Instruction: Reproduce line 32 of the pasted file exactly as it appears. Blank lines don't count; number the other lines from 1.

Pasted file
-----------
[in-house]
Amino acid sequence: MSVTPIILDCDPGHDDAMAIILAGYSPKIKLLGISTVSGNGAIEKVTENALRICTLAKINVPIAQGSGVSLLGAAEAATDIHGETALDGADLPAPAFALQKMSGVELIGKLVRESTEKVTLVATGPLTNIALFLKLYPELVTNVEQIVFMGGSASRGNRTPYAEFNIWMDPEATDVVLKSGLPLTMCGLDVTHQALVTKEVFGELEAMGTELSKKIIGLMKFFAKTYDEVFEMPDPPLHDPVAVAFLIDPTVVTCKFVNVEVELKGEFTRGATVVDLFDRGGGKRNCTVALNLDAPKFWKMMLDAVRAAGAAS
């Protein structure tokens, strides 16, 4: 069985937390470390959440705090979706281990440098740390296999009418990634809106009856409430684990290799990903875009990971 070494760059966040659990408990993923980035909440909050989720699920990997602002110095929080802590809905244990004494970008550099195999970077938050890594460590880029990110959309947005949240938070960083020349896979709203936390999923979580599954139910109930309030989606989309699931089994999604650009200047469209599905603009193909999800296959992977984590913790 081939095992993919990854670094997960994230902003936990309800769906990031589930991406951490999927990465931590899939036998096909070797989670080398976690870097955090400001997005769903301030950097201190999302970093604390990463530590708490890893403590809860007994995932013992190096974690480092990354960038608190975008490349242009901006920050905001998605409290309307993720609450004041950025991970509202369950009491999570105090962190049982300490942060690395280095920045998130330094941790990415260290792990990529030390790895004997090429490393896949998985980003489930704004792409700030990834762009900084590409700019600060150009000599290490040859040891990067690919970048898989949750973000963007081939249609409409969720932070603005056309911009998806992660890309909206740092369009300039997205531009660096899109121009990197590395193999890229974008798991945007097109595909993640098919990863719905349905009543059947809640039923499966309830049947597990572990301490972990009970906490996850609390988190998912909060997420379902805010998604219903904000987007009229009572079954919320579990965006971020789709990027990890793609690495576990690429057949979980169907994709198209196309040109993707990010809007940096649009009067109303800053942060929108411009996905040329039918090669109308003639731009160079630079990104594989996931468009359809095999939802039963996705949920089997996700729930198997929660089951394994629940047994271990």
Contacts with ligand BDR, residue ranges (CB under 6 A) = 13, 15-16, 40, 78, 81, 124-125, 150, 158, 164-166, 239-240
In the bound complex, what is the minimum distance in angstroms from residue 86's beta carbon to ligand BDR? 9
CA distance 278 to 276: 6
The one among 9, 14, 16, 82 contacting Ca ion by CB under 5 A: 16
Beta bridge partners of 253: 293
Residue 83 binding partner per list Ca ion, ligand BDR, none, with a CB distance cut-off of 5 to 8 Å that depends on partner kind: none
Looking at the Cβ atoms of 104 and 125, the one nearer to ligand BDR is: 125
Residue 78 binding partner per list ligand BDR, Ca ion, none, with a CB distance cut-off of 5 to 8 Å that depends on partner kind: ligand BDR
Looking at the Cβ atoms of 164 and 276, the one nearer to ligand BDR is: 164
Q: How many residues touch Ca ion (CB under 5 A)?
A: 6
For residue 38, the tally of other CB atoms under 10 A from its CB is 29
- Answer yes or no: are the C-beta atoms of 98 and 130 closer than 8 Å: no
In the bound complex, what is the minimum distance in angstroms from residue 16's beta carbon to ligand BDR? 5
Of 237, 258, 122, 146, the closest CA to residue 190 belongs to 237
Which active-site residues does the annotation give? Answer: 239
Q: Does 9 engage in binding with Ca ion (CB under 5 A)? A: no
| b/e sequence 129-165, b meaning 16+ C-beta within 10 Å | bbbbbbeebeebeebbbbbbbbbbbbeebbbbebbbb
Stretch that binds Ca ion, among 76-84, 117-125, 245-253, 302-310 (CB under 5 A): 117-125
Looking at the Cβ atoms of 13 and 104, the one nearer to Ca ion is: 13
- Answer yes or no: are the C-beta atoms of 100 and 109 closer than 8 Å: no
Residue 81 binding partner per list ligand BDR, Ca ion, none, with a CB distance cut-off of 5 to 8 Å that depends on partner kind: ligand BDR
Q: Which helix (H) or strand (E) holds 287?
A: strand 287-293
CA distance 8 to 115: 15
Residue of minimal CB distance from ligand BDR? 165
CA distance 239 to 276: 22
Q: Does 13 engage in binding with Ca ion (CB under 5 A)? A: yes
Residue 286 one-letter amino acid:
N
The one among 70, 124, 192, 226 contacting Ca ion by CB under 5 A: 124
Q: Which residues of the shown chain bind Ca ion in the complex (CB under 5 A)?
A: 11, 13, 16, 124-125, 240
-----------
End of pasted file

Residue 286 one-letter amino acid: